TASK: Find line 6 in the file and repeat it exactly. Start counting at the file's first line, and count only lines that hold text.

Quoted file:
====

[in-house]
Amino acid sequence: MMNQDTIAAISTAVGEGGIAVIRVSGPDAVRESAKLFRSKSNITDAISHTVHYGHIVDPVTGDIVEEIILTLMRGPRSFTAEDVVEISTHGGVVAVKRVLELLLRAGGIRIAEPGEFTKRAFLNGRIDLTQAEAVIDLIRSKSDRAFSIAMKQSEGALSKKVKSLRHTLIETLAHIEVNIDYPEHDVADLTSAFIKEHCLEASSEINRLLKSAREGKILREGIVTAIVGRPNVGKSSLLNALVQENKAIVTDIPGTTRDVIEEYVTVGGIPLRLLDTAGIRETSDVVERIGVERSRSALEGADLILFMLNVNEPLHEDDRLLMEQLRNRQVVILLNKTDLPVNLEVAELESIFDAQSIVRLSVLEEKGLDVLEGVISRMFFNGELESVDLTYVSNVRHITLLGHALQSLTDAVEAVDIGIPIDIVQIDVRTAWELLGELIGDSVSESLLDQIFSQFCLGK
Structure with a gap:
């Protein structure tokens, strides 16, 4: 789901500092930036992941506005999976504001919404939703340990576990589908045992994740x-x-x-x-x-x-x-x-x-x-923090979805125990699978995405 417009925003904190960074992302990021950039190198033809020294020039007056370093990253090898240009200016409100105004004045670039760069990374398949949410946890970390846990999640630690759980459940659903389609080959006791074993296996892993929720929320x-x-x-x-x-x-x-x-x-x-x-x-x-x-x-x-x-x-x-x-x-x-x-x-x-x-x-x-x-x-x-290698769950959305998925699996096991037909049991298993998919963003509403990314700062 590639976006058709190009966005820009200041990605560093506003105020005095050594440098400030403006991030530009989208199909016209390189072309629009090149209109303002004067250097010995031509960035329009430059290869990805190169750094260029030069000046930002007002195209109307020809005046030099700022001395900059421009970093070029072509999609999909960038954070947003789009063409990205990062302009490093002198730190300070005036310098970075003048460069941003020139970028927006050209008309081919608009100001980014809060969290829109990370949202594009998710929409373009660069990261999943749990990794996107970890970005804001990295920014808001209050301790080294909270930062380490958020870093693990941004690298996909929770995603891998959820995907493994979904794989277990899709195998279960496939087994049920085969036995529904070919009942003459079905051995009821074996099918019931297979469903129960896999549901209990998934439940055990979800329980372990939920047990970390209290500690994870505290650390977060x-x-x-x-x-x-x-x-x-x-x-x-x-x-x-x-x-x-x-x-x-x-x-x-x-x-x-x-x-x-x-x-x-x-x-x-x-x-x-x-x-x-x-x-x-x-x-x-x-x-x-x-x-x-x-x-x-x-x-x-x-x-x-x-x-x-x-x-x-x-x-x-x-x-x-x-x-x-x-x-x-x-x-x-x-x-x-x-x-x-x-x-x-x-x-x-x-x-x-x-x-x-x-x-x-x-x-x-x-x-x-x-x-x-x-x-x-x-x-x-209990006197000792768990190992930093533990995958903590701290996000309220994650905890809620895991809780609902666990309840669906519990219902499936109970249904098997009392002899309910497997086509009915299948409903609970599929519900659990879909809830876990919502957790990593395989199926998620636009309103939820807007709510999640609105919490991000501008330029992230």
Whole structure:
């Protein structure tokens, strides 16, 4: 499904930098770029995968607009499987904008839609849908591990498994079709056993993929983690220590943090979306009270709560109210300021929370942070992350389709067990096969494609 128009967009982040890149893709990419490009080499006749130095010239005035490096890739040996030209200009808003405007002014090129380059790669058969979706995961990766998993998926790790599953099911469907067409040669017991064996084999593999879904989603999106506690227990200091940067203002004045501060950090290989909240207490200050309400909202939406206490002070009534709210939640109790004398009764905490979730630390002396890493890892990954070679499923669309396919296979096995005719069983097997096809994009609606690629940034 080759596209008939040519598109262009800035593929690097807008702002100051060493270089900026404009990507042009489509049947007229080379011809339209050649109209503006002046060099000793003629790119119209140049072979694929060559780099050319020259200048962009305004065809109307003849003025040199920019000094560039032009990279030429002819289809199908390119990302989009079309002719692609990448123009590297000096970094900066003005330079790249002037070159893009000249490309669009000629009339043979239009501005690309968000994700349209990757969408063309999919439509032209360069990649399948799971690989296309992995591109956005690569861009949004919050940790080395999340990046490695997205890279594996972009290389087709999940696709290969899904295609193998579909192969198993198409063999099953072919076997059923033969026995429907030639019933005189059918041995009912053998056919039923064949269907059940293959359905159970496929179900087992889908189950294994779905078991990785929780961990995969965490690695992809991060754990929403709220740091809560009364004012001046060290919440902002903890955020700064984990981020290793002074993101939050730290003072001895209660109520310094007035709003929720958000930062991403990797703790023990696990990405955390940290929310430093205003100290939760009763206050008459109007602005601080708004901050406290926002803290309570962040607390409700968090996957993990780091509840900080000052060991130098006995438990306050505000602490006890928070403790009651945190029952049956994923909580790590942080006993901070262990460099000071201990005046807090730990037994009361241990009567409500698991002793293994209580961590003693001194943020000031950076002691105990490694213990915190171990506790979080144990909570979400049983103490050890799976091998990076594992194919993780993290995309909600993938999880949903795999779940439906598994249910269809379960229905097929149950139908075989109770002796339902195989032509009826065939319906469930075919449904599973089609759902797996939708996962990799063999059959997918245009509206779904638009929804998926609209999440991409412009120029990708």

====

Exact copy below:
């Protein structure tokens, strides 16, 4: 499904930098770029995968607009499987904008839609849908591990498994079709056993993929983690220590943090979306009270709560109210300021929370942070992350389709067990096969494609 128009967009982040890149893709990419490009080499006749130095010239005035490096890739040996030209200009808003405007002014090129380059790669058969979706995961990766998993998926790790599953099911469907067409040669017991064996084999593999879904989603999106506690227990200091940067203002004045501060950090290989909240207490200050309400909202939406206490002070009534709210939640109790004398009764905490979730630390002396890493890892990954070679499923669309396919296979096995005719069983097997096809994009609606690629940034 080759596209008939040519598109262009800035593929690097807008702002100051060493270089900026404009990507042009489509049947007229080379011809339209050649109209503006002046060099000793003629790119119209140049072979694929060559780099050319020259200048962009305004065809109307003849003025040199920019000094560039032009990279030429002819289809199908390119990302989009079309002719692609990448123009590297000096970094900066003005330079790249002037070159893009000249490309669009000629009339043979239009501005690309968000994700349209990757969408063309999919439509032209360069990649399948799971690989296309992995591109956005690569861009949004919050940790080395999340990046490695997205890279594996972009290389087709999940696709290969899904295609193998579909192969198993198409063999099953072919076997059923033969026995429907030639019933005189059918041995009912053998056919039923064949269907059940293959359905159970496929179900087992889908189950294994779905078991990785929780961990995969965490690695992809991060754990929403709220740091809560009364004012001046060290919440902002903890955020700064984990981020290793002074993101939050730290003072001895209660109520310094007035709003929720958000930062991403990797703790023990696990990405955390940290929310430093205003100290939760009763206050008459109007602005601080708004901050406290926002803290309570962040607390409700968090996957993990780091509840900080000052060991130098006995438990306050505000602490006890928070403790009651945190029952049956994923909580790590942080006993901070262990460099000071201990005046807090730990037994009361241990009567409500698991002793293994209580961590003693001194943020000031950076002691105990490694213990915190171990506790979080144990909570979400049983103490050890799976091998990076594992194919993780993290995309909600993938999880949903795999779940439906598994249910269809379960229905097929149950139908075989109770002796339902195989032509009826065939319906469930075919449904599973089609759902797996939708996962990799063999059959997918245009509206779904638009929804998926609209999440991409412009120029990708």